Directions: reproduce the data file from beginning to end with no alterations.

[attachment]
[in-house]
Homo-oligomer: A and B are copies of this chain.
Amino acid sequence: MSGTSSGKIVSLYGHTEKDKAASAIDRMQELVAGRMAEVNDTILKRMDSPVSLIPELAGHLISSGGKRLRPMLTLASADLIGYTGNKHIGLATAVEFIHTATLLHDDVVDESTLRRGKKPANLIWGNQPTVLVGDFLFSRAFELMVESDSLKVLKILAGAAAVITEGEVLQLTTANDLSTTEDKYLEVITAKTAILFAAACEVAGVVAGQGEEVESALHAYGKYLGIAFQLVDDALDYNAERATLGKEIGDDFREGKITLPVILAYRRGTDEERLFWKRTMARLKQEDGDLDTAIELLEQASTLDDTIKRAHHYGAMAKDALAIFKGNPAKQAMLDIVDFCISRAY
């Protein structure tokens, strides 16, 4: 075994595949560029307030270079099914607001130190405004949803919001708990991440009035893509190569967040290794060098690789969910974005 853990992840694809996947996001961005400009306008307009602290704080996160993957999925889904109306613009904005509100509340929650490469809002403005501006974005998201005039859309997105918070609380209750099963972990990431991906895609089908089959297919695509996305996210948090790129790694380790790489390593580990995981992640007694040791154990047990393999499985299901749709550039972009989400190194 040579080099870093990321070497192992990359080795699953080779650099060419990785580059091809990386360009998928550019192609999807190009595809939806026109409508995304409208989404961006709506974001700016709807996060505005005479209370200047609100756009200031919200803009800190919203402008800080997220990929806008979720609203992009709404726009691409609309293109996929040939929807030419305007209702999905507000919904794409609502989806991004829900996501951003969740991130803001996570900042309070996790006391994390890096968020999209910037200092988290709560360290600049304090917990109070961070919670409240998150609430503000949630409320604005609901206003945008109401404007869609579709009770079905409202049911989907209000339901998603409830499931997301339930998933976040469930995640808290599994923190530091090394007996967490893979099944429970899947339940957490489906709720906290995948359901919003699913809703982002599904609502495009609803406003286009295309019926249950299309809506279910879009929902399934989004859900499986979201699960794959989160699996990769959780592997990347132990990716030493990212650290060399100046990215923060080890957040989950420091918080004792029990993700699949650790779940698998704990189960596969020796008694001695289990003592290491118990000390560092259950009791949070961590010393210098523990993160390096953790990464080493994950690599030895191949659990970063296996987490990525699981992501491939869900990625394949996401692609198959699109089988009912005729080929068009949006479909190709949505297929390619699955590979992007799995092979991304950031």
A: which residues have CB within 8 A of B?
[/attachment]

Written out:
[in-house]
Homo-oligomer: A and B are copies of this chain.
Amino acid sequence: MSGTSSGKIVSLYGHTEKDKAASAIDRMQELVAGRMAEVNDTILKRMDSPVSLIPELAGHLISSGGKRLRPMLTLASADLIGYTGNKHIGLATAVEFIHTATLLHDDVVDESTLRRGKKPANLIWGNQPTVLVGDFLFSRAFELMVESDSLKVLKILAGAAAVITEGEVLQLTTANDLSTTEDKYLEVITAKTAILFAAACEVAGVVAGQGEEVESALHAYGKYLGIAFQLVDDALDYNAERATLGKEIGDDFREGKITLPVILAYRRGTDEERLFWKRTMARLKQEDGDLDTAIELLEQASTLDDTIKRAHHYGAMAKDALAIFKGNPAKQAMLDIVDFCISRAY
């Protein structure tokens, strides 16, 4: 075994595949560029307030270079099914607001130190405004949803919001708990991440009035893509190569967040290794060098690789969910974005 853990992840694809996947996001961005400009306008307009602290704080996160993957999925889904109306613009904005509100509340929650490469809002403005501006974005998201005039859309997105918070609380209750099963972990990431991906895609089908089959297919695509996305996210948090790129790694380790790489390593580990995981992640007694040791154990047990393999499985299901749709550039972009989400190194 040579080099870093990321070497192992990359080795699953080779650099060419990785580059091809990386360009998928550019192609999807190009595809939806026109409508995304409208989404961006709506974001700016709807996060505005005479209370200047609100756009200031919200803009800190919203402008800080997220990929806008979720609203992009709404726009691409609309293109996929040939929807030419305007209702999905507000919904794409609502989806991004829900996501951003969740991130803001996570900042309070996790006391994390890096968020999209910037200092988290709560360290600049304090917990109070961070919670409240998150609430503000949630409320604005609901206003945008109401404007869609579709009770079905409202049911989907209000339901998603409830499931997301339930998933976040469930995640808290599994923190530091090394007996967490893979099944429970899947339940957490489906709720906290995948359901919003699913809703982002599904609502495009609803406003286009295309019926249950299309809506279910879009929902399934989004859900499986979201699960794959989160699996990769959780592997990347132990990716030493990212650290060399100046990215923060080890957040989950420091918080004792029990993700699949650790779940698998704990189960596969020796008694001695289990003592290491118990000390560092259950009791949070961590010393210098523990993160390096953790990464080493994950690599030895191949659990970063296996987490990525699981992501491939869900990625394949996401692609198959699109089988009912005729080929068009949006479909190709949505297929390619699955590979992007799995092979991304950031």
A: which residues have CB within 8 A of B?